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Swedish cheese makers fear Norway import tariffs

TT/The Local/pvs · 14 Oct 2012, 08:19

Published: 14 Oct 2012 08:19 GMT+02:00

"The new system means that there will be no cheese exports more or less," said Fredrik von Unge at dairy industry organisation Svensk Mjölk to the TT news agency.

The Norwegian government has mooted the massive hikes in import tariffs on cheese and meat products in its budget for 2013.

Hard cheeses are set to be subjected to import tariffs equating to 277 percent of their value. Tolls are currently 27 Norwegian kroner ($4.7), regardless of value.

Norway is also planning to raise tariffs on imports of lamb and beef.

Denmark has responded angrily to the new Norwegian import tariff regime, while Sweden is reluctant to enter into a "trade war" with their Scandinavian neighbours.

The Norwegian Agrarian Association (Norges Bondelag) however welcomed the move.

"It is absolutely crucial if we are to have a farming industry in Norway or not," according to Nils Björke at the association.

Story continues below…

"If you look at the development in Sweden, where milk production is declining, this confirms that we have a duty to maintain agriculture. Customs tariffs limit the growth of imports and is a signal from the authorities that they want farming in Norway," he said.

The decision will have a significant impact on the Swedish cheese industry as Norway is currently the largest export market.

TT/The Local/pvs (news@thelocal.se)

Your comments about this article

09:36 October 14, 2012 by byke
With such taxes being put on foreign imports, such as cheese produced in Sweden. It will lead to any import of cheese into Norway to be foreseen as a luxury item. Or an item of superior quality, given the cost offset.

Somehow I can't see the vast majority of Swedish cheeses being foreseen as "luxury" or high quality items. And this is where Sweden will really feel the pressure as it will lead to Norwegians to offset any tax by ensuring that the reduced imports are justifiable with the tax levy.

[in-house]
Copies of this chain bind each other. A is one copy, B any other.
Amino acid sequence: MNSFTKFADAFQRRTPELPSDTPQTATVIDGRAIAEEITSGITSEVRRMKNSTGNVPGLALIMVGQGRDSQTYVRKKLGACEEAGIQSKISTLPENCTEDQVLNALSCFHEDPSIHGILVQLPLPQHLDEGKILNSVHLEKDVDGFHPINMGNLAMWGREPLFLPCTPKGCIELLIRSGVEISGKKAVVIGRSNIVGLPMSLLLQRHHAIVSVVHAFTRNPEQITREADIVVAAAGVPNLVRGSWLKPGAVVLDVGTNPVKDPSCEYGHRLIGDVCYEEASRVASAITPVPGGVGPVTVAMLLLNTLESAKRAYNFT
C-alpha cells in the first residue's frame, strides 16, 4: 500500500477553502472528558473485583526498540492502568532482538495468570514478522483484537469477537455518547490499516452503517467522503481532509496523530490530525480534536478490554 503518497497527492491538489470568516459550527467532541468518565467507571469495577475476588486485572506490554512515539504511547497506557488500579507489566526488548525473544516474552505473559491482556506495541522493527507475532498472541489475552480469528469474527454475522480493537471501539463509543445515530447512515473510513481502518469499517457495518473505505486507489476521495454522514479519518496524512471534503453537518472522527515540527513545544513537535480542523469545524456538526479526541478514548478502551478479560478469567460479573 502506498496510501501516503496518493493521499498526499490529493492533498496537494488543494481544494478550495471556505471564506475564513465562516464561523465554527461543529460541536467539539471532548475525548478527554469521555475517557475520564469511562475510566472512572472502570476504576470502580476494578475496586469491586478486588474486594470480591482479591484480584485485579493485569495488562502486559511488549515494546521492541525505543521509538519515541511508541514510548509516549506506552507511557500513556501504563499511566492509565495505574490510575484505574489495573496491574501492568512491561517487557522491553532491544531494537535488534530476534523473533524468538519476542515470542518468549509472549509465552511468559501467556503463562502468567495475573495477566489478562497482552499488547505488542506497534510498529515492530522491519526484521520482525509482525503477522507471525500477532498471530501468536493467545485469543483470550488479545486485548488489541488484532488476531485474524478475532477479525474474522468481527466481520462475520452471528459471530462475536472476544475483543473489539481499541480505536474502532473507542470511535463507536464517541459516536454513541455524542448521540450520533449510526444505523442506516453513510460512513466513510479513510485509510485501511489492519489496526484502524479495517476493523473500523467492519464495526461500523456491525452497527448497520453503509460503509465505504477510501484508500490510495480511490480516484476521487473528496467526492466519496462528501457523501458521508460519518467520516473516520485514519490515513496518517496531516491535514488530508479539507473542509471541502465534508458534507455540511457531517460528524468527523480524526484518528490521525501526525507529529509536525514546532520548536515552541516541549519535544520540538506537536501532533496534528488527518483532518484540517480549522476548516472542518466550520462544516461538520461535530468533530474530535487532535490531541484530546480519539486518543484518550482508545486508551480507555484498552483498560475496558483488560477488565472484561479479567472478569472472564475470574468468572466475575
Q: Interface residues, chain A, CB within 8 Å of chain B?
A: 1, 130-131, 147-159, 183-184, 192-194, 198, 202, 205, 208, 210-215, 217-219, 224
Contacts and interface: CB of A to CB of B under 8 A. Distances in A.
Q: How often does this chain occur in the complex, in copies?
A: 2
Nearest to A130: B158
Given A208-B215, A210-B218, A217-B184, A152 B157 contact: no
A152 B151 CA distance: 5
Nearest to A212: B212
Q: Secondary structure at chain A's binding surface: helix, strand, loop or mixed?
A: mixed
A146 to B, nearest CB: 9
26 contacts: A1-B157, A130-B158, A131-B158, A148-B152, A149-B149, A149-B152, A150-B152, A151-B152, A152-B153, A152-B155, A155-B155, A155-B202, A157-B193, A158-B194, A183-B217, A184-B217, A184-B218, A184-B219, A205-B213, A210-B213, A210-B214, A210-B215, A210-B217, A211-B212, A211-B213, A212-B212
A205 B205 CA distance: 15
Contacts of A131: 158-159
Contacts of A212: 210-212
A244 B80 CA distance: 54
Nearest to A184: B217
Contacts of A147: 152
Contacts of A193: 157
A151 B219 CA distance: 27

So the bigger question is, are there justifiable profits in luxury cheeses in regards to export. And I would that require a higher quality of yield in regards to dairy - resulting in the need to import more of its base ingredients.

And on top of that it would also require skills in an industry which for many years has gone unchallenged. As "cheap" has sold. Which may be unrealistic for Sweden in regards to other nations who produce cheese and have a better reputation for quality.
10:23 October 14, 2012 by Keith #5083
Yet another Good reason for Norwegians to come an shop in Sweden. Ya, det er deilig å vaere Norsk i Sverige.
14:00 October 14, 2012 by entry
No clue as to what they are doing in Norway with regards to dairy products but Norway slapping such a high trade tariff seems unreasonable.

"Two Swedes have been arrested by Norwegian police for smuggling more than 250kg of butter into the country, offloading one consignment for more than £25 a packet."

http://bit.ly/X8AJkM

If people risk arrest to smuggle butter in to Norway I think a Cheesy Crime Syndicate is soon to follow.

Look at the Nobel Peace Prize awards that Norway has given out and then try to think how you would reason with them???
20:48 October 14, 2012 by Europaia
Actually, entry, the problem is the fact that Norway aren't in the EU. If they were in the EU then there would be a single market and they wouldn't be able to impose these tariffs. This tariff rise is a violation of agreements with the EU and has annoyed the rest of the EU too. So, what Sweden and Denmark should do is propose to the rest of the EU that we slam tariffs on imports of Norwegian goods, especially agricultural, into the 27 countries of the EU.

http://www.thelocal.no/page/view/eu-anger-at-new-norway-tariff-plans

For a more in-depth view:

http://www.newsinenglish.no/2012/09/20/trade-war-looms-over-higher-tariffs/
08:38 October 15, 2012 by azimuth
277%????!!!! Holy s**t! Those Norwegians should be totally out of their minds....
09:15 October 15, 2012 by skogsbo
Europia, being in the EU is the problem, not the solution. Price fixing, subsidies, regulations that aren't enforced in southern Europe, but abided by in Northern Europe has wrecked farming in Europe. Thankfully the end is slowly coming.

As for cheese and meat, this is a perfect chance for Swedes to set up small farm shops on the border. Not massive supermarkets, but little enterprises where the locals sell to other private individuals. In every problem, there is a solution and the business minded folk will make the most of it, if they are sharp enough and quick off the mark.

In the 80/90s think how much those booze supermakets made in Calais and Bologne? Many were actually owned and run, by Brits. A clever Norwegian will set up a shop in Sweden as a partnership perhaps?
10:20 October 17, 2012 by Lemon1987
@09:15 October 15, 2012 by skogsbo

Good point. People in the rest of the Europe just cant see slow ruining of domestic products by cheap imports. EU is not so accommodating as it first looks like.
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